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The guy across the street from me mows on the weekends. He mows about two rows at a time, bags the clippings, sweeps the sidewalk, and then does another two rows.

The result is that he is running his mower on off for at least 4 hours. He also likes to mow later when everyone is having evening dinner.

Not a big deal, but I still bitch about it some while I'm enjoying my happy hour beer on summer nights. (I'm whining. This should be my big concern. )

I think I also complain about it, because he is sort of a pompous jerk too.

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When I bought my house 23 years ago there was a retired couple next door. Even though they were retired they chose Saturday as lawn cutting day. Both of our yards are 116' x 630'. It took them 6-8 hours walking behind a pair of gas mowers to cut the grass.

Thankfully they moved a couple years later. But for 2 full summers half of every weekend was spent listening to them cut the grass.
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Old 11-27-2020, 11:08 AM   #56
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When I bought my house 23 years ago there was a retired couple next door. Even though they were retired they chose Saturday as lawn cutting day. Both of our yards are 116' x 630'. It took them 6-8 hours walking behind a pair of gas mowers to cut the grass.

Thankfully they moved a couple years later. But for 2 full summers half of every weekend was spent listening to them cut the grass.
Wouldn't you know. It's those darn retired people that are such a problem. Why do they have to wait until Saturday when the working people mow lawns.



Cheers!
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Old 11-27-2020, 11:17 AM   #57
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I grew up with the sound of neighbors' gas lawn mowers, and hardly notice it. It is the screaming drone of the commercial blowers and trimmers that hurts my ears.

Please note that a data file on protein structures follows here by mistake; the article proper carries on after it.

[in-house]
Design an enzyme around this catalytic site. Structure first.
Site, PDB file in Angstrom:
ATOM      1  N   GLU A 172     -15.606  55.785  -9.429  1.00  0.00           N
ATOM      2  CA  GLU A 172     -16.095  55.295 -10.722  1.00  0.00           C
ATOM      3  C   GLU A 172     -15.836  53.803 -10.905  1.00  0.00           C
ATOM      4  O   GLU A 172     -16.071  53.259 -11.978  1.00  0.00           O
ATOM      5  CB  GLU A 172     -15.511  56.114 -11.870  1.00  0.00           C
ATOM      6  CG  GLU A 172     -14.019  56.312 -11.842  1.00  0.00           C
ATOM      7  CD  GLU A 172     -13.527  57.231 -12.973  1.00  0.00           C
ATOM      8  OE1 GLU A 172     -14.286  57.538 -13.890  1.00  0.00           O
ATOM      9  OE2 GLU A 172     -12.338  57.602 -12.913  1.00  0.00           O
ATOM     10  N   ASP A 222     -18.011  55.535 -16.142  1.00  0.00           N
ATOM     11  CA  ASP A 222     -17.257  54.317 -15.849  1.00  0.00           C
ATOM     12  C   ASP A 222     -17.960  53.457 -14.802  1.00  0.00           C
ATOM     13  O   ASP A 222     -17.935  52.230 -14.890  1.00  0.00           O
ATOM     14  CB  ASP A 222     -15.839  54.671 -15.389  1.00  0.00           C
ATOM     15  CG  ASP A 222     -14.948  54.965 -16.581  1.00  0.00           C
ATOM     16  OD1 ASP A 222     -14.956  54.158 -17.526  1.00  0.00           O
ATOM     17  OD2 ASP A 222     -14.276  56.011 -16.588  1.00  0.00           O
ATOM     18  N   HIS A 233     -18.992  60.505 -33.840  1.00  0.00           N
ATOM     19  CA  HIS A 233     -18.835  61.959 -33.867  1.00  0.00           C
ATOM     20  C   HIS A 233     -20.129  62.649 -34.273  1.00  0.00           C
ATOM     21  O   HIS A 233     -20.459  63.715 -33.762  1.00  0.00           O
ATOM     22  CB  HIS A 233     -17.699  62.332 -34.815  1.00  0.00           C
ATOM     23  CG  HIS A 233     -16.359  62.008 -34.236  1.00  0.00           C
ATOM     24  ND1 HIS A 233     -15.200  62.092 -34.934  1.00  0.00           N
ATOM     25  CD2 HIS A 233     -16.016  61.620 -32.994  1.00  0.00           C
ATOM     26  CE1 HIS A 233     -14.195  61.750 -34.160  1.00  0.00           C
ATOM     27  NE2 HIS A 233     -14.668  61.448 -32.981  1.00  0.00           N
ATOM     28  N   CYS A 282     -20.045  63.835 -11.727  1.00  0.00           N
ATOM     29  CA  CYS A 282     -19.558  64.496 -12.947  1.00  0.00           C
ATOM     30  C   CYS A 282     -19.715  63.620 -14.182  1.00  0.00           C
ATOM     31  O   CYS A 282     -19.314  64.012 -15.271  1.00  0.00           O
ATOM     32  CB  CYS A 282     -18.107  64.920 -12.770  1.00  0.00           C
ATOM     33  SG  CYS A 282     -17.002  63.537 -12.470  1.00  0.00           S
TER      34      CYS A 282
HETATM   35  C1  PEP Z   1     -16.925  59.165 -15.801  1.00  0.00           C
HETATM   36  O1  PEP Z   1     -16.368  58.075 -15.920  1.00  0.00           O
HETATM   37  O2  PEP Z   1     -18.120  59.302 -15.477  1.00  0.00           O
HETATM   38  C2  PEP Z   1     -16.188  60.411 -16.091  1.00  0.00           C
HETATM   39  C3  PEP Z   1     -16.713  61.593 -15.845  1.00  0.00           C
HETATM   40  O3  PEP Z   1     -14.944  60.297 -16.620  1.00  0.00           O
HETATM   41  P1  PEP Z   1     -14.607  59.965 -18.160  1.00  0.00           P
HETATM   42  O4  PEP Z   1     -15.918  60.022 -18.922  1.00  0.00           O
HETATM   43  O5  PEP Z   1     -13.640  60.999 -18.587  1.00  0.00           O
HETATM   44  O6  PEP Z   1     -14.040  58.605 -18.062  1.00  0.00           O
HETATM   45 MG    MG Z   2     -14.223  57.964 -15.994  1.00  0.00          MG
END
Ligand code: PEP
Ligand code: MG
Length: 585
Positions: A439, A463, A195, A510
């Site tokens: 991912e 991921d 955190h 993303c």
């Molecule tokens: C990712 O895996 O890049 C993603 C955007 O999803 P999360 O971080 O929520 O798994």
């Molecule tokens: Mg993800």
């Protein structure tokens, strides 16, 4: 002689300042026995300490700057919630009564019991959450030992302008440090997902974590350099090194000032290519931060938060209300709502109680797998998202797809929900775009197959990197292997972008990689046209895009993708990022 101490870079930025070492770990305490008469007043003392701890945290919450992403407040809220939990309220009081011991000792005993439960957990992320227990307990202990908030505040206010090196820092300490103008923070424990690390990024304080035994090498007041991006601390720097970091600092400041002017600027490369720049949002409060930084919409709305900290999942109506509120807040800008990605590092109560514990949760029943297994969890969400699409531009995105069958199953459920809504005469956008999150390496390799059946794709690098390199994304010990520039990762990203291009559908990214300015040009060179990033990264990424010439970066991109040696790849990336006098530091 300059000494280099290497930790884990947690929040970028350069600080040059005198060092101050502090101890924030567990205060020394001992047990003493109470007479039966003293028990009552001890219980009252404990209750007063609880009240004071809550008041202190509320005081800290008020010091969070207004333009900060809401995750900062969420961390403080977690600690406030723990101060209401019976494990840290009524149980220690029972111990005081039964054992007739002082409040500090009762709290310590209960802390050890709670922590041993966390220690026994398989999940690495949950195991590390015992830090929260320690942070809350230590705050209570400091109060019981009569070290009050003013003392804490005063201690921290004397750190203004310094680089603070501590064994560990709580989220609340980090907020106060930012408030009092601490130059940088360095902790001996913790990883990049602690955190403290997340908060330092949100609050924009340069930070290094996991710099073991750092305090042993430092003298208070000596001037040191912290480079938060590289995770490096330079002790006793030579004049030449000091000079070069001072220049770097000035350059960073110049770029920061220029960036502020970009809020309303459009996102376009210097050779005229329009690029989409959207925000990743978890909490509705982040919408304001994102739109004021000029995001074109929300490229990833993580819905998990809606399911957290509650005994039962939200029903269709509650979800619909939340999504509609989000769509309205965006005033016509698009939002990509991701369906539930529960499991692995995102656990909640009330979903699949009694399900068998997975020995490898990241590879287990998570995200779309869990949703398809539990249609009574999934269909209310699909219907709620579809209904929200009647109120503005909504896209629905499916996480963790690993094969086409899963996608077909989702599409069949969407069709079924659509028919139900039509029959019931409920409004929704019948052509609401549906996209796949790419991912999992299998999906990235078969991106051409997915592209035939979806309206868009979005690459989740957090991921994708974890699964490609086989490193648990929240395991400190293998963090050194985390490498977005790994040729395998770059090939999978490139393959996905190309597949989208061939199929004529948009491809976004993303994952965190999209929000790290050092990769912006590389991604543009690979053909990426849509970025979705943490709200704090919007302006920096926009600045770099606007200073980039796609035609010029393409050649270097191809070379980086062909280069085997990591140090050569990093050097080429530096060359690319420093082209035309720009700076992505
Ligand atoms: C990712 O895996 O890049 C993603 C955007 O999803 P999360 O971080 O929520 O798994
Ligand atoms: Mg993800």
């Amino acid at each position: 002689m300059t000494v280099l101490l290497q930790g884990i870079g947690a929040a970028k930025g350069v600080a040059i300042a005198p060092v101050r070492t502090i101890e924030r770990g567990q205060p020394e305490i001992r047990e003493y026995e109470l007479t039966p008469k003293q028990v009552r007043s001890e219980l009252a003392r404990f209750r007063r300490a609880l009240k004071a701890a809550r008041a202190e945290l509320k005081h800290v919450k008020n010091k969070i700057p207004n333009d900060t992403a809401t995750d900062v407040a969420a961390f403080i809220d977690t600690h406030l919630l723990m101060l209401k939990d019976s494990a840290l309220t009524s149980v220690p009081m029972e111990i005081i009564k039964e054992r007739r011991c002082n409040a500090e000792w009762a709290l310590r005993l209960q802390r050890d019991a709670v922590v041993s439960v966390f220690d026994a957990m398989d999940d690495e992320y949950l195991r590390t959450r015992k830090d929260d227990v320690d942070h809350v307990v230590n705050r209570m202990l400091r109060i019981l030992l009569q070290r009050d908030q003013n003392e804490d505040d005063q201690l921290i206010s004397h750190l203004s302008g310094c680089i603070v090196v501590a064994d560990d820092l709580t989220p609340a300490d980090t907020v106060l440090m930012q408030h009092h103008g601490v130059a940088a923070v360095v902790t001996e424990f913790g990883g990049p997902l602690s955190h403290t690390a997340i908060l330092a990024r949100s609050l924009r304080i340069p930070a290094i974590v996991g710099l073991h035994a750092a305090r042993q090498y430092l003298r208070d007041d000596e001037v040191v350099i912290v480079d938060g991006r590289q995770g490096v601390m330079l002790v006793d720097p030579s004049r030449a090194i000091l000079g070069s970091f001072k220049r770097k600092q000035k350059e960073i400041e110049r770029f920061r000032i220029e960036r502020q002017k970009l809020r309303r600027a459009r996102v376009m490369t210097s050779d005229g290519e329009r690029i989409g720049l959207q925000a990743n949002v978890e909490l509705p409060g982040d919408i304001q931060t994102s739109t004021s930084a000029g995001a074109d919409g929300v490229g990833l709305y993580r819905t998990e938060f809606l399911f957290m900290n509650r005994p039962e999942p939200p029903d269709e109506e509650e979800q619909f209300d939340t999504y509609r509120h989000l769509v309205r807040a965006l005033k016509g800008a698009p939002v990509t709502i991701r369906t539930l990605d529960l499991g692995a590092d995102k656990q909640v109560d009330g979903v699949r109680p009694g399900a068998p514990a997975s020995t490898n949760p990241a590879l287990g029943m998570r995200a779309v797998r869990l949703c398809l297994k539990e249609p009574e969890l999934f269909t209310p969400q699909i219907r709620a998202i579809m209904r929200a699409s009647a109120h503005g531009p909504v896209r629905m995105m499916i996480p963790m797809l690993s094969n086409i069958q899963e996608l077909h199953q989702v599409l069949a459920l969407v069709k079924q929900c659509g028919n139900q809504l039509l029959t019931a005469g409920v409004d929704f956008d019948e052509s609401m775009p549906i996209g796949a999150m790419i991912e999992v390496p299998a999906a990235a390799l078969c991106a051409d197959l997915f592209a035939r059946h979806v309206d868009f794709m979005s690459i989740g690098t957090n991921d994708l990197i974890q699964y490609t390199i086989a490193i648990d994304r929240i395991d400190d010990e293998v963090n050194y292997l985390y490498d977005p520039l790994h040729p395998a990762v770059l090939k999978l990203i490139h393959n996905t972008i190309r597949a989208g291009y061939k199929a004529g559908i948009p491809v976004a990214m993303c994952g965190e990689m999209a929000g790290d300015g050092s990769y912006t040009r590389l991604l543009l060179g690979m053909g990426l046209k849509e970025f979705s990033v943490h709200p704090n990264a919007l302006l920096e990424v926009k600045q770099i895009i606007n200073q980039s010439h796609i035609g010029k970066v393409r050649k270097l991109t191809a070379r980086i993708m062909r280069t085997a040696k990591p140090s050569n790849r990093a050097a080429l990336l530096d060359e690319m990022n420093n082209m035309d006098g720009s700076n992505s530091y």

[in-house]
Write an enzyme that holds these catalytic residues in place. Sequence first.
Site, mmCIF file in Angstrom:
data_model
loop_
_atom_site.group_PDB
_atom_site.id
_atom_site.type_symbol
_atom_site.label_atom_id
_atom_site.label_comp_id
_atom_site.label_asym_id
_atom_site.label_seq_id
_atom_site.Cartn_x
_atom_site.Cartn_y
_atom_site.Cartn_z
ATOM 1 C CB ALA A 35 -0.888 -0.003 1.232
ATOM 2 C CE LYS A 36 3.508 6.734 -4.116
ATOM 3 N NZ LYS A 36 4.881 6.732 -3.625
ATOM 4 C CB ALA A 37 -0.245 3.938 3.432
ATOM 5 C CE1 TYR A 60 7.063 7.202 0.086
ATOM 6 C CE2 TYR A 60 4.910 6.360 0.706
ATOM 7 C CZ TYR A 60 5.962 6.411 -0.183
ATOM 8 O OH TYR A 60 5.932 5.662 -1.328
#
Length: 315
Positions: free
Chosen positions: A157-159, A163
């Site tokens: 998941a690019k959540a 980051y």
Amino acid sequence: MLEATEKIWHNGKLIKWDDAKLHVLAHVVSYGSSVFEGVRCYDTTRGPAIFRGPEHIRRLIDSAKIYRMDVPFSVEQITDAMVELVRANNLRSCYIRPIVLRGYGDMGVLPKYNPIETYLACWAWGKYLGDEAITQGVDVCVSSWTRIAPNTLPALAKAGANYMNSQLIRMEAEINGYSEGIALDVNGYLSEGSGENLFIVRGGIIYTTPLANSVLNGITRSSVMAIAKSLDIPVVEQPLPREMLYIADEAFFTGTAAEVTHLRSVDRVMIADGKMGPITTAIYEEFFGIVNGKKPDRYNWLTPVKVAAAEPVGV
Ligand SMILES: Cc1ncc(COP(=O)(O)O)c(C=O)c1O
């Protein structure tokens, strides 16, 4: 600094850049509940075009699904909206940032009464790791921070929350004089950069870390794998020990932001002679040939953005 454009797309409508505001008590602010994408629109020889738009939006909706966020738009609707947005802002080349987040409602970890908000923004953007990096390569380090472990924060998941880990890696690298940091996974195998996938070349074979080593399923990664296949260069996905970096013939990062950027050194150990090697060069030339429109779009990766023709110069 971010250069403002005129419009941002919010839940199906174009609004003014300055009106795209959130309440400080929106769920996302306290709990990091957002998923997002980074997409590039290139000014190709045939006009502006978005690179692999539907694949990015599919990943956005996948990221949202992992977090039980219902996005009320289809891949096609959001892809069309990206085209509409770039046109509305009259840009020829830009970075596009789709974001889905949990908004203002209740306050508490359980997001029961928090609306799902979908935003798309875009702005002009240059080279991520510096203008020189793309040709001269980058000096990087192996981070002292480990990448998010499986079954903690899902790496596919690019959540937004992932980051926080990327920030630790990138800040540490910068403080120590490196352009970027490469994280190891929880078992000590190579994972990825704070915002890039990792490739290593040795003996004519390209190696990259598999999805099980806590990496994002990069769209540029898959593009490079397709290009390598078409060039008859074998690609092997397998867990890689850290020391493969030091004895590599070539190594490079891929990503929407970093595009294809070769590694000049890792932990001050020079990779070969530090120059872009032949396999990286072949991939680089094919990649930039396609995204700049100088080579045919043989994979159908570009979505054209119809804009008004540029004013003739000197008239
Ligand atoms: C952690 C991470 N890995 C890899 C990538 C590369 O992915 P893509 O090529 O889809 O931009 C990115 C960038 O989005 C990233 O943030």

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The guy across the street from me mows on the weekends. He mows about two rows at a time, bags the clippings, sweeps the sidewalk, and then does another two rows.

The result is that he is running his mower on off for at least 4 hours. He also likes to mow later when everyone is having evening dinner.

Not a big deal, but I still bitch about it some while I'm enjoying my happy hour beer on summer nights. (I'm whining. This should be my big concern. )

I think I also complain about it, because he is sort of a pompous jerk too.

JP
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Old 11-27-2020, 11:19 AM   #58
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Because you know, if they had chosen to shop on Saturday instead of mowing, they would have earned the ire of people who say, "Why can't those %$#! Old people leave us the one day a week we have to shop! Why do they have to clutter up the stores with their aging bodies?"

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Wouldn't you know. It's those darn retired people that are such a problem. Why do they have to wait until Saturday when the working people mow lawns.



Cheers!
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Old 11-27-2020, 12:28 PM   #59
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Wouldn't you know. It's those darn retired people that are such a problem. Why do they have to wait until Saturday when the working people mow lawns.



Cheers!
I guess I'm really complaining about excessive noise. Of course the grass has to be cut but 8 hours is ridiculous when everyone else has a riding mower and can do it in an hour or so.
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Old 11-27-2020, 12:43 PM   #60
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I really don't mind at all when my neighbors' lawn guys mow and edge. They all do it predictably, at the same day and time each week. On Mondays, the house next door (not F's house but the one on the other side) mows. On Tuesdays, my lawn guy mows across the street. On Wednesdays, he mows F's and my lawns. And so on.

So, when I hear the mowing, I get a feeling of "all's right with the world, mowing going on as usual, I love that they are keeping up the neighborhood". And, I love that it is them, and not ME doing the mowing. What a nice luxury to lie in bed or putter around getting my coffee, instead of having to mow. (Been there, done that, for decades and decades, but now never again.)

I should also add that my house is unusually well insulated and that probably muffles the sound to some extent. Most of the lawn guys don't mow before 8 AM, but if/when they do one can hardly blame them since it gets so hot here around mid-day.